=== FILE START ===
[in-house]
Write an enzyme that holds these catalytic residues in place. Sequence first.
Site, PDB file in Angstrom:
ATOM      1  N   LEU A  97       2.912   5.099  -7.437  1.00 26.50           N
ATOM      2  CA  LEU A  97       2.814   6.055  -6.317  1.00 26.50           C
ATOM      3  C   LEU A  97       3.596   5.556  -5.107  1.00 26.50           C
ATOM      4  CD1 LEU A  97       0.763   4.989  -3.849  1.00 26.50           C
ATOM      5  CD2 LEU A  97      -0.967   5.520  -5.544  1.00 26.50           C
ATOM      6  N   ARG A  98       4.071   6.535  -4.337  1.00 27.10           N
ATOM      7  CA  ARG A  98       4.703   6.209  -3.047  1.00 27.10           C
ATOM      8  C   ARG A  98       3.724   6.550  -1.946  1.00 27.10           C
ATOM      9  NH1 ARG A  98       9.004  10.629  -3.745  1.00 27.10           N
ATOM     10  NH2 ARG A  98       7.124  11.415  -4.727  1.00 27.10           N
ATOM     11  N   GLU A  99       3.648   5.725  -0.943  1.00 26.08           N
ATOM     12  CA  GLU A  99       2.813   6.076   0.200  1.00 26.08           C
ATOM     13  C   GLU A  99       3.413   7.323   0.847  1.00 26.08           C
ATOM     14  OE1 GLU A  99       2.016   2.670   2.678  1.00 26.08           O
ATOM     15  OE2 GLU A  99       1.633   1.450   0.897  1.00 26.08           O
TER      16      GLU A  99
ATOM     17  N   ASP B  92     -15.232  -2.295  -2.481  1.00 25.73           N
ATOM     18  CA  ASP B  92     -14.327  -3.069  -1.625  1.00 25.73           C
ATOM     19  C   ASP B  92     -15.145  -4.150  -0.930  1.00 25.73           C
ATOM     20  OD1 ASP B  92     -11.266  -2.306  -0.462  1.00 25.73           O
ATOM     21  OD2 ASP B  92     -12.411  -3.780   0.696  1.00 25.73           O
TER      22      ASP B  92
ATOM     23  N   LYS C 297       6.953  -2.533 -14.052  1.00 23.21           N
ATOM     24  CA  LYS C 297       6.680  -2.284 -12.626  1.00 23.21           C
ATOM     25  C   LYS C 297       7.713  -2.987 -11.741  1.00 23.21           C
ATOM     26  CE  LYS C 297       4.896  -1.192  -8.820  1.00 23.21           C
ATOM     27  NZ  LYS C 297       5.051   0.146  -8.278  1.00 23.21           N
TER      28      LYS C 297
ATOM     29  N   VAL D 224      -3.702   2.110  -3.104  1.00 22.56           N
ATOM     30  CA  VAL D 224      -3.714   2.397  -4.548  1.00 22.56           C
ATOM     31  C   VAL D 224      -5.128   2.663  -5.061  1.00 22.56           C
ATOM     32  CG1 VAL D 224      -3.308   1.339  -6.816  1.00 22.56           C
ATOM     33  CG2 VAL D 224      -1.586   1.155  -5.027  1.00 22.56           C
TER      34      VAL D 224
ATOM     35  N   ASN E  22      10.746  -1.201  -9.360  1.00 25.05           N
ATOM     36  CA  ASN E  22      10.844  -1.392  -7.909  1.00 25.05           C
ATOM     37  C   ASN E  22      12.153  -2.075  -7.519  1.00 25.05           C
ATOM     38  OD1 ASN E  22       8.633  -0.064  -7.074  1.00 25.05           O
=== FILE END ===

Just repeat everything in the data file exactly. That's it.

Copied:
[in-house]
Write an enzyme that holds these catalytic residues in place. Sequence first.
Site, PDB file in Angstrom:
ATOM      1  N   LEU A  97       2.912   5.099  -7.437  1.00 26.50           N
ATOM      2  CA  LEU A  97       2.814   6.055  -6.317  1.00 26.50           C
ATOM      3  C   LEU A  97       3.596   5.556  -5.107  1.00 26.50           C
ATOM      4  CD1 LEU A  97       0.763   4.989  -3.849  1.00 26.50           C
ATOM      5  CD2 LEU A  97      -0.967   5.520  -5.544  1.00 26.50           C
ATOM      6  N   ARG A  98       4.071   6.535  -4.337  1.00 27.10           N
ATOM      7  CA  ARG A  98       4.703   6.209  -3.047  1.00 27.10           C
ATOM      8  C   ARG A  98       3.724   6.550  -1.946  1.00 27.10           C
ATOM      9  NH1 ARG A  98       9.004  10.629  -3.745  1.00 27.10           N
ATOM     10  NH2 ARG A  98       7.124  11.415  -4.727  1.00 27.10           N
ATOM     11  N   GLU A  99       3.648   5.725  -0.943  1.00 26.08           N
ATOM     12  CA  GLU A  99       2.813   6.076   0.200  1.00 26.08           C
ATOM     13  C   GLU A  99       3.413   7.323   0.847  1.00 26.08           C
ATOM     14  OE1 GLU A  99       2.016   2.670   2.678  1.00 26.08           O
ATOM     15  OE2 GLU A  99       1.633   1.450   0.897  1.00 26.08           O
TER      16      GLU A  99
ATOM     17  N   ASP B  92     -15.232  -2.295  -2.481  1.00 25.73           N
ATOM     18  CA  ASP B  92     -14.327  -3.069  -1.625  1.00 25.73           C
ATOM     19  C   ASP B  92     -15.145  -4.150  -0.930  1.00 25.73           C
ATOM     20  OD1 ASP B  92     -11.266  -2.306  -0.462  1.00 25.73           O
ATOM     21  OD2 ASP B  92     -12.411  -3.780   0.696  1.00 25.73           O
TER      22      ASP B  92
ATOM     23  N   LYS C 297       6.953  -2.533 -14.052  1.00 23.21           N
ATOM     24  CA  LYS C 297       6.680  -2.284 -12.626  1.00 23.21           C
ATOM     25  C   LYS C 297       7.713  -2.987 -11.741  1.00 23.21           C
ATOM     26  CE  LYS C 297       4.896  -1.192  -8.820  1.00 23.21           C
ATOM     27  NZ  LYS C 297       5.051   0.146  -8.278  1.00 23.21           N
TER      28      LYS C 297
ATOM     29  N   VAL D 224      -3.702   2.110  -3.104  1.00 22.56           N
ATOM     30  CA  VAL D 224      -3.714   2.397  -4.548  1.00 22.56           C
ATOM     31  C   VAL D 224      -5.128   2.663  -5.061  1.00 22.56           C
ATOM     32  CG1 VAL D 224      -3.308   1.339  -6.816  1.00 22.56           C
ATOM     33  CG2 VAL D 224      -1.586   1.155  -5.027  1.00 22.56           C
TER      34      VAL D 224
ATOM     35  N   ASN E  22      10.746  -1.201  -9.360  1.00 25.05           N
ATOM     36  CA  ASN E  22      10.844  -1.392  -7.909  1.00 25.05           C
ATOM     37  C   ASN E  22      12.153  -2.075  -7.519  1.00 25.05           C
ATOM     38  OD1 ASN E  22       8.633  -0.064  -7.074  1.00 25.05           O